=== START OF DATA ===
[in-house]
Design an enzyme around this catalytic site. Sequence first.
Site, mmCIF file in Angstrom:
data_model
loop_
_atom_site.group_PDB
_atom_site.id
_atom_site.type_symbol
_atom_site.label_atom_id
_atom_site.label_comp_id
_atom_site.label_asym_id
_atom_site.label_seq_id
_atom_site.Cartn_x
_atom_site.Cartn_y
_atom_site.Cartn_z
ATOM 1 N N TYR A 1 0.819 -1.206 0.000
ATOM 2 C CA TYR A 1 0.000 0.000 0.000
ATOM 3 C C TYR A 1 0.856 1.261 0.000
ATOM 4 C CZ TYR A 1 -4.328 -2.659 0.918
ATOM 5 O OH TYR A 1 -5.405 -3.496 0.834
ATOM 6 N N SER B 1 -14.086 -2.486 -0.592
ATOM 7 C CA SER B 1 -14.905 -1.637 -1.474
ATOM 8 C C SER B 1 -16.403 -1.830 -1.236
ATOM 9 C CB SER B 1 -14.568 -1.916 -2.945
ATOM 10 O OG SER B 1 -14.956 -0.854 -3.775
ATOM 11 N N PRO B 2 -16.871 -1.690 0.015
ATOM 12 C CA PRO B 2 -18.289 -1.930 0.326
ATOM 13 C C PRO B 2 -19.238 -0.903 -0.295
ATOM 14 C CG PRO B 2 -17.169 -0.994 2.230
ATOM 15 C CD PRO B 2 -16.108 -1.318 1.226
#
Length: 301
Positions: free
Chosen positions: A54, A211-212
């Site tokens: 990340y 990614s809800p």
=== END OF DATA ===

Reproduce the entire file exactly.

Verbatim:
[in-house]
Design an enzyme around this catalytic site. Sequence first.
Site, mmCIF file in Angstrom:
data_model
loop_
_atom_site.group_PDB
_atom_site.id
_atom_site.type_symbol
_atom_site.label_atom_id
_atom_site.label_comp_id
_atom_site.label_asym_id
_atom_site.label_seq_id
_atom_site.Cartn_x
_atom_site.Cartn_y
_atom_site.Cartn_z
ATOM 1 N N TYR A 1 0.819 -1.206 0.000
ATOM 2 C CA TYR A 1 0.000 0.000 0.000
ATOM 3 C C TYR A 1 0.856 1.261 0.000
ATOM 4 C CZ TYR A 1 -4.328 -2.659 0.918
ATOM 5 O OH TYR A 1 -5.405 -3.496 0.834
ATOM 6 N N SER B 1 -14.086 -2.486 -0.592
ATOM 7 C CA SER B 1 -14.905 -1.637 -1.474
ATOM 8 C C SER B 1 -16.403 -1.830 -1.236
ATOM 9 C CB SER B 1 -14.568 -1.916 -2.945
ATOM 10 O OG SER B 1 -14.956 -0.854 -3.775
ATOM 11 N N PRO B 2 -16.871 -1.690 0.015
ATOM 12 C CA PRO B 2 -18.289 -1.930 0.326
ATOM 13 C C PRO B 2 -19.238 -0.903 -0.295
ATOM 14 C CG PRO B 2 -17.169 -0.994 2.230
ATOM 15 C CD PRO B 2 -16.108 -1.318 1.226
#
Length: 301
Positions: free
Chosen positions: A54, A211-212
């Site tokens: 990340y 990614s809800p």